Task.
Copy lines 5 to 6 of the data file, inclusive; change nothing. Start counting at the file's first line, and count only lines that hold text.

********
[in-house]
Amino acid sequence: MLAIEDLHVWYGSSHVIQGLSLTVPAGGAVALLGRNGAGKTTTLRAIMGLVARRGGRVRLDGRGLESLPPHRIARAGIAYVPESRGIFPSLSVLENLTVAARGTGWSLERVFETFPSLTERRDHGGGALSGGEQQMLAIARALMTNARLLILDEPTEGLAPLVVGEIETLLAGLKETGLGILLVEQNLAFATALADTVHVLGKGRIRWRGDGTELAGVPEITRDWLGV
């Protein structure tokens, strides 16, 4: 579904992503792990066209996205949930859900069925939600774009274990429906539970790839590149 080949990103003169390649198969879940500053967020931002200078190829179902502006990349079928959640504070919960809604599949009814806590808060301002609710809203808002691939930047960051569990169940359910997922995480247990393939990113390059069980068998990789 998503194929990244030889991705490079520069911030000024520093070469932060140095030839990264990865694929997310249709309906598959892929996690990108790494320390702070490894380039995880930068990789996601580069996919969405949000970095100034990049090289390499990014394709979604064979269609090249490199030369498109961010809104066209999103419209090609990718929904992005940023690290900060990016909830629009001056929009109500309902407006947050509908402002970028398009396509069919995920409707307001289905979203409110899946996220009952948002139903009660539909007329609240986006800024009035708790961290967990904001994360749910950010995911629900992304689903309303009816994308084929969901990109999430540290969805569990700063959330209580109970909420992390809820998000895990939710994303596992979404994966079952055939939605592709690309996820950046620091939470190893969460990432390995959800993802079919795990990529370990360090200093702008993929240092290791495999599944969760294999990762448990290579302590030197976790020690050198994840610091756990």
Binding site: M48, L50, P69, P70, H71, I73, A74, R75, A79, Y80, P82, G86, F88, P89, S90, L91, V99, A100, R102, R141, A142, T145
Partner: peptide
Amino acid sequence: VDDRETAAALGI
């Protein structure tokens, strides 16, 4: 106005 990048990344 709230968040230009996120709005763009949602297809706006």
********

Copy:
Partner: peptide
Amino acid sequence: VDDRETAAALGI